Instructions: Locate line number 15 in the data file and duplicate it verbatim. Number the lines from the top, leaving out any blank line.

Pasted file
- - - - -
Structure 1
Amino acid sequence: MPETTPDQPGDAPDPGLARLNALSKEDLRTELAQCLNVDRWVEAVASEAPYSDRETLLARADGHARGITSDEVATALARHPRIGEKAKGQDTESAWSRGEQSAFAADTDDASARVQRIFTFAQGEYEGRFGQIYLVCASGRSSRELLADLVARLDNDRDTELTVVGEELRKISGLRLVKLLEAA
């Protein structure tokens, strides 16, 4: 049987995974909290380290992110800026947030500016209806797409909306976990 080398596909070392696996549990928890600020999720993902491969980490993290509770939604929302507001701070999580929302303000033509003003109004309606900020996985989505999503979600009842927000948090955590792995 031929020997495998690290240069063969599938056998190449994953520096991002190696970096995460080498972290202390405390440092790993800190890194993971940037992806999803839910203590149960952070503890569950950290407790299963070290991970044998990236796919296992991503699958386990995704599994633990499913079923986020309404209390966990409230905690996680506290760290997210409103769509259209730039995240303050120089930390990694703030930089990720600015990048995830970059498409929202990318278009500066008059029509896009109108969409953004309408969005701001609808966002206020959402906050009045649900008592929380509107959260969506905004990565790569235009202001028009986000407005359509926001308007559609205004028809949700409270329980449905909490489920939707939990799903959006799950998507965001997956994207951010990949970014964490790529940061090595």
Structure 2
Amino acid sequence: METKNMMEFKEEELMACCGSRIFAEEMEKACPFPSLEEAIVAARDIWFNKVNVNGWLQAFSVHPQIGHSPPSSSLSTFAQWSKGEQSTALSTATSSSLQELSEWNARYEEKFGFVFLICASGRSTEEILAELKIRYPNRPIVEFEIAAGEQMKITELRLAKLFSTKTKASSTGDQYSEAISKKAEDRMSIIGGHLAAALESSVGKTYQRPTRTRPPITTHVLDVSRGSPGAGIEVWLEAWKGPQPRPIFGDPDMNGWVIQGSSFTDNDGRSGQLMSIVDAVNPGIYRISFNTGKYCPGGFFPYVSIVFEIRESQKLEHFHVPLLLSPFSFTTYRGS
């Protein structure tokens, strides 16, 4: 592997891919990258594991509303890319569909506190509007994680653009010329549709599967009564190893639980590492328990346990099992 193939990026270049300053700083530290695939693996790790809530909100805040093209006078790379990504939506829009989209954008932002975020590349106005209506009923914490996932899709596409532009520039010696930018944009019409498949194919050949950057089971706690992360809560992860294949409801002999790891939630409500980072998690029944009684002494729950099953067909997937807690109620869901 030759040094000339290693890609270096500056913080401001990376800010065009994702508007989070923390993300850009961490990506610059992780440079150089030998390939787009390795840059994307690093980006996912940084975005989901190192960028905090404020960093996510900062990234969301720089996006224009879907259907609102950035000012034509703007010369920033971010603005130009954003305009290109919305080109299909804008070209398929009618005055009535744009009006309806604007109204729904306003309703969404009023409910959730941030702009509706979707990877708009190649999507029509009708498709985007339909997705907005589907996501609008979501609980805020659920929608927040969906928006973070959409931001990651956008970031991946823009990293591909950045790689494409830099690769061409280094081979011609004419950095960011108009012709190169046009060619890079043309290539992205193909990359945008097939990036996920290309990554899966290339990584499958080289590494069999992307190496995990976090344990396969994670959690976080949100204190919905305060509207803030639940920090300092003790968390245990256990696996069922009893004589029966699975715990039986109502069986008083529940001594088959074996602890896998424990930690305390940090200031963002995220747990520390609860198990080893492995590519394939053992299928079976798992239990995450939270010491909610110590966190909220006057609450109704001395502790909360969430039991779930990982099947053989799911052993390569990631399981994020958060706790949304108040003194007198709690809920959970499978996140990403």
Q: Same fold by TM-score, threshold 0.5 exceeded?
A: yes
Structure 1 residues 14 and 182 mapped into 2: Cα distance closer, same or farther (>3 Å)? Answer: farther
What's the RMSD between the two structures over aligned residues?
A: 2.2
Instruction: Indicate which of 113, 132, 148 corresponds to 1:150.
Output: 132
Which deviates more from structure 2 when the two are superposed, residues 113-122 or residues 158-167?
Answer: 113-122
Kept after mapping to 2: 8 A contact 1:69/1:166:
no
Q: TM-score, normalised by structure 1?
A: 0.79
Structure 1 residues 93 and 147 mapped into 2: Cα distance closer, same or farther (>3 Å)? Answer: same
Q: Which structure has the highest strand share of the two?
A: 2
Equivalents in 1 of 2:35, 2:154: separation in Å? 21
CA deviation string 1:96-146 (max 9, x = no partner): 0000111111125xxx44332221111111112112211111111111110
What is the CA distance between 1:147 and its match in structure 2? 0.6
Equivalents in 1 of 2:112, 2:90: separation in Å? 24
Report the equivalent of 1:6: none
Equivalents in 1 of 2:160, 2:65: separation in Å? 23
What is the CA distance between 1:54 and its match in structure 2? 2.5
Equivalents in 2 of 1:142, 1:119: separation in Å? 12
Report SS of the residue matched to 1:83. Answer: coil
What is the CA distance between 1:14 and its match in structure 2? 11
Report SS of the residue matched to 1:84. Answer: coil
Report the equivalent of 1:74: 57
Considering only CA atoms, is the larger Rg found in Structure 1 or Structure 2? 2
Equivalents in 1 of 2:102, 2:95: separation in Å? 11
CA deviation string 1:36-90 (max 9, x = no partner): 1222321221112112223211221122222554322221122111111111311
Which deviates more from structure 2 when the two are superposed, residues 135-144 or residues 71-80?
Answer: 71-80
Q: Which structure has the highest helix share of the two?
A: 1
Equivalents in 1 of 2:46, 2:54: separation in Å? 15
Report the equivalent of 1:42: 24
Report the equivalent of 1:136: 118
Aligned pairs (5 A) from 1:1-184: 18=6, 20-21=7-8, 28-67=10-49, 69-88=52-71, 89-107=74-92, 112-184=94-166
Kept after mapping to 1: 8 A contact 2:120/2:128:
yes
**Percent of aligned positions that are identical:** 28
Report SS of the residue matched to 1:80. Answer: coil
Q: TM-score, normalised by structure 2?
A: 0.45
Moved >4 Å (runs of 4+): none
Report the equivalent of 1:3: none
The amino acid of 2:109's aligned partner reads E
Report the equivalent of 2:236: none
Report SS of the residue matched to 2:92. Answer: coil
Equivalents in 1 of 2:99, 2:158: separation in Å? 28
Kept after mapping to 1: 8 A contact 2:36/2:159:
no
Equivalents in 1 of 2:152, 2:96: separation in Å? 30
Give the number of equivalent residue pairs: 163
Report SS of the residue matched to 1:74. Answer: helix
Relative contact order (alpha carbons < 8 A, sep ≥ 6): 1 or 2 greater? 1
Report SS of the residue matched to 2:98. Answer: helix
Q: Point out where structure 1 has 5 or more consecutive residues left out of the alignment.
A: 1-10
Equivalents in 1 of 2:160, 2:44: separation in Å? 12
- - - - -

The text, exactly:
Answer: 113-122